Citizen reporter
2 minute read
4 May 2020
11:35 am

Afriforum medical team allegedly denied entry to visit quarantine site in Mpumalanga

Citizen reporter

The organisation says it arranged for a medical team to visit the Zithabeseni quarantine camp close to Groblersdal on Sunday to test approximately 107 residents for Covid-19, but were denied entry.

Image Supplied.

Non-governmental organisation Afriforum claimed the government denied their medical team to test a group of residents at a quarantine site in Mpumalanga after they offered to assist.

Afriforum said it arranged for a medical team to visit the Zithabeseni quarantine camp close to Groblersdal on Sunday to test approximately 107 residents for Covid-19, but were denied entry.

“Not only was the private medical team refused entrance to the premises, but the South African Police Service (SAPS) also called in backup to ensure the medical team won’t be able to return.

“This follows after the government informed residents they wouldn’t be tested by the state for Covid-19 at this stage and that they would be detained in the quarantine camp, regardless of the fact that they didn’t know whether they have the virus. They are also not allowed to self-isolate at home of have themselves tested at their own cost,” Afriforum said in a statement.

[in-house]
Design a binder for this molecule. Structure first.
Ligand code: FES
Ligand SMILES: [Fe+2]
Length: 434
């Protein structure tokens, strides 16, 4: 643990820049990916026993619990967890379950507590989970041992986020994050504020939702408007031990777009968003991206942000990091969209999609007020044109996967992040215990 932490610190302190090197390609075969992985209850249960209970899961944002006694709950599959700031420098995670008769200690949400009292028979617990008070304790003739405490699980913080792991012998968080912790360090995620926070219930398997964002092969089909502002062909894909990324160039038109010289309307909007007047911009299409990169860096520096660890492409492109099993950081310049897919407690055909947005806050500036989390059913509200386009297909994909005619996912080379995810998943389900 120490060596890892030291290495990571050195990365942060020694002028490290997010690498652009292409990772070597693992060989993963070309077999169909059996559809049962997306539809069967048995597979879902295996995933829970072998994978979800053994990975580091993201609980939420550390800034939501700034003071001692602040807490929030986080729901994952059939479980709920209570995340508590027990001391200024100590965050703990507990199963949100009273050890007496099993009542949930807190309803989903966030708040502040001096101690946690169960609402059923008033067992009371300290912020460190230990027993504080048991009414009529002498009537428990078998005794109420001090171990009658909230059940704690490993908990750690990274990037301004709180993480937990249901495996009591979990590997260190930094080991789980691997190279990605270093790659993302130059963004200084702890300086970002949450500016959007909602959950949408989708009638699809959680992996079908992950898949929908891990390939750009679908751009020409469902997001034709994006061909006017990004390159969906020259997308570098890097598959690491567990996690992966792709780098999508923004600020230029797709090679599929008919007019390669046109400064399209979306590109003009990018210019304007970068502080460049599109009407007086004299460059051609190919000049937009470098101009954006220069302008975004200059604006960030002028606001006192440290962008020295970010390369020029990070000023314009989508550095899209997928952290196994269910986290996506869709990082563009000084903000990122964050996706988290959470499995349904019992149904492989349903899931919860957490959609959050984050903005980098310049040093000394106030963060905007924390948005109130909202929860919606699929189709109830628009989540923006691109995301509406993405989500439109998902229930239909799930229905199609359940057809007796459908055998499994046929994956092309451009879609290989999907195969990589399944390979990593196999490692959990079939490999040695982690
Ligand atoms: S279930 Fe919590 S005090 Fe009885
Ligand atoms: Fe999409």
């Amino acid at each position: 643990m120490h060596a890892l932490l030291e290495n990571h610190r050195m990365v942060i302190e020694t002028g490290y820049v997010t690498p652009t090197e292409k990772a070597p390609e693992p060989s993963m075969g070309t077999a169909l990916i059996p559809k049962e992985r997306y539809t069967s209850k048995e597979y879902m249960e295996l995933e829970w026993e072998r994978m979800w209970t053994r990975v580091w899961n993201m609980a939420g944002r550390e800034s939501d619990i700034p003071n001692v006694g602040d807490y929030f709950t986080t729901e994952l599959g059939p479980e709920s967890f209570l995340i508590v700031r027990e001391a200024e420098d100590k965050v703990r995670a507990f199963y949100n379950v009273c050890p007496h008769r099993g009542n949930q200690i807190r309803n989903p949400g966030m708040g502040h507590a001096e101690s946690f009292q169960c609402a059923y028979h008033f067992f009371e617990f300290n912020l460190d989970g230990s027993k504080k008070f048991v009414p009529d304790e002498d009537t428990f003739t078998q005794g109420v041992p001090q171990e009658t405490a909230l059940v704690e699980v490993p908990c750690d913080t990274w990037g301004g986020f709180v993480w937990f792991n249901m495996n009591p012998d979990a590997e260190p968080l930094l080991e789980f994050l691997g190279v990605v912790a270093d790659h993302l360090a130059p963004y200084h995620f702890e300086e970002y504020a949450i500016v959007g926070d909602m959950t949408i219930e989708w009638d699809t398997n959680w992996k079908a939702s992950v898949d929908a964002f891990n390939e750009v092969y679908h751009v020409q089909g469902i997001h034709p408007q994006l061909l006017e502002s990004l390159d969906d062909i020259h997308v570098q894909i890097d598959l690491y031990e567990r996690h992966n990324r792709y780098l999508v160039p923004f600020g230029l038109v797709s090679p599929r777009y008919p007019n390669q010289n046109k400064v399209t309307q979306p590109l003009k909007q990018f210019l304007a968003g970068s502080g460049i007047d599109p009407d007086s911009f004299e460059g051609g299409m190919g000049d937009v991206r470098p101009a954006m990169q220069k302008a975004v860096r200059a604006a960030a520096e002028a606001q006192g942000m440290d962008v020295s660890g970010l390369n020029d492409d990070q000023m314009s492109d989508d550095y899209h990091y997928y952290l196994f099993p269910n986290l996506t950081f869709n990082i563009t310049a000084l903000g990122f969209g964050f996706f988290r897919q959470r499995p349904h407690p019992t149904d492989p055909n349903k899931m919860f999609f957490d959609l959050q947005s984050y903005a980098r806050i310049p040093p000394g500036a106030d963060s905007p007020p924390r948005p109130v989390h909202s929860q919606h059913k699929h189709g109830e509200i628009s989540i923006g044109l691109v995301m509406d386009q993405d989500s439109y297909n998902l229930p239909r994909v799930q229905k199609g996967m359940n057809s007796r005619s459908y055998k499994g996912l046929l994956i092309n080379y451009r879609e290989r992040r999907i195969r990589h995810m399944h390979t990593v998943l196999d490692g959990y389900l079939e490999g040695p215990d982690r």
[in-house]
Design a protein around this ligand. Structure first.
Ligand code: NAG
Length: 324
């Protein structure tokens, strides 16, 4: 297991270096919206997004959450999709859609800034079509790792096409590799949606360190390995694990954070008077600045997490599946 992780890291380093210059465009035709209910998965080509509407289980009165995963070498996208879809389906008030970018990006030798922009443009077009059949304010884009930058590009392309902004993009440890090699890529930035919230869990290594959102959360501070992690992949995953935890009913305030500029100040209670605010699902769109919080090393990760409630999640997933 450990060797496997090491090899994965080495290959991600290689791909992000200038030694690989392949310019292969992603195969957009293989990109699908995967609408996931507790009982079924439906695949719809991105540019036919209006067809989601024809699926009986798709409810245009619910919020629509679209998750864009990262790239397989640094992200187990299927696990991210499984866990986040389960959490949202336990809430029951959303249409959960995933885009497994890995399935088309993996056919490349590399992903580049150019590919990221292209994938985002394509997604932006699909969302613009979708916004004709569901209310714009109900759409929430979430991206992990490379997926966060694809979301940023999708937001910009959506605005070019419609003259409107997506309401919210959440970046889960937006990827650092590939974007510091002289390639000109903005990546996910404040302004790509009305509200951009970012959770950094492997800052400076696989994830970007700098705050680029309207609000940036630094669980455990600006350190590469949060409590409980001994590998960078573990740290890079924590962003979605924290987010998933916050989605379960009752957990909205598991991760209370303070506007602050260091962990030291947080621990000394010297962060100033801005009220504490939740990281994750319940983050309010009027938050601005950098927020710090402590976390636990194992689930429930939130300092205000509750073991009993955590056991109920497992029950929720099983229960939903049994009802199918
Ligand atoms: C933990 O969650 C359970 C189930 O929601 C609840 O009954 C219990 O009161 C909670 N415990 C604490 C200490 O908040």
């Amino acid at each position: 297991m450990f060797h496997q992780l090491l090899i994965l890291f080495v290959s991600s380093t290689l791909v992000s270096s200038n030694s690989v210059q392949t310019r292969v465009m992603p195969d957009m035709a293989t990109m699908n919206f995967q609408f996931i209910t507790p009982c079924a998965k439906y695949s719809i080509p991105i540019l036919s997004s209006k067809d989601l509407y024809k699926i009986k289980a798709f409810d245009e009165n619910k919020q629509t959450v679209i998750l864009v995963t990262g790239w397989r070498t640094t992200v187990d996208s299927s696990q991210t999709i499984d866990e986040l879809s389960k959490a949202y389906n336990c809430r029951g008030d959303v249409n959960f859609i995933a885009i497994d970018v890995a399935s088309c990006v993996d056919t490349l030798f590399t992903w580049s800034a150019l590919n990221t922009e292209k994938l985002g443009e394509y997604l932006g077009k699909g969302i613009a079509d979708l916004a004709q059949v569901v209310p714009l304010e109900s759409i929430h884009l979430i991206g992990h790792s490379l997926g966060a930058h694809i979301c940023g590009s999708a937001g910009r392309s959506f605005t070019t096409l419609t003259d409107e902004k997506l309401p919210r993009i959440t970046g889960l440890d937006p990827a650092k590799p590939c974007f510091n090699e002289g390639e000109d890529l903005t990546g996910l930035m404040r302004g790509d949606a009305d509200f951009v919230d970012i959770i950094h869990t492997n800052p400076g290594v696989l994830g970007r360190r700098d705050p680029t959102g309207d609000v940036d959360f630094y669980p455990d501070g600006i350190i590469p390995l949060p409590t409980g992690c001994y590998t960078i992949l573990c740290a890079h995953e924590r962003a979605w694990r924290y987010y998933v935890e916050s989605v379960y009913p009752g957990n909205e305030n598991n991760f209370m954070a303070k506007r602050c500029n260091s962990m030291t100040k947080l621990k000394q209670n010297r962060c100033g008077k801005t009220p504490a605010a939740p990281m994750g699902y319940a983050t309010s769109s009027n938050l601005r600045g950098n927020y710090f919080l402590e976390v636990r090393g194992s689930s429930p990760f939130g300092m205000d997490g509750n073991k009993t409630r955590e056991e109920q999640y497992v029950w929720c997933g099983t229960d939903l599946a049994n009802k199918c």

The organisation said they had written letters to the Health Minister Zweli Mkhize and Minister of International Relations and Cooperation Naledi Pandor detailing what they believe to be appalling conditions at the camp.

AfriForum’s deputy chief executive Ernst Roets said: “The civil rights organisation also demanded that the SAPS should allow the family to be tested for the virus so they could be released and isolate themselves if necessary.”

This is in reference to Dr Leon Nel, his wife Melanie and their two children, who recently returned from a vacation in Mozambique.

Roets said Afriforum did not believe the facility met the standards set down by the World Health Organisation (WHO).

“They are also being held there against their will – despite the fact that they haven’t been tested for Covid-19. They are now being told they aren’t allowed to be tested. It is a draconic infringement of human rights that AfriForum will fight in court.”

The case will be heard at the High Court in Pretoria on Wednesday, 6 May.

The provincial health department has refused to comment as they consider the case to be sub-judice.

(Compiled by Molefe Seeletsa)

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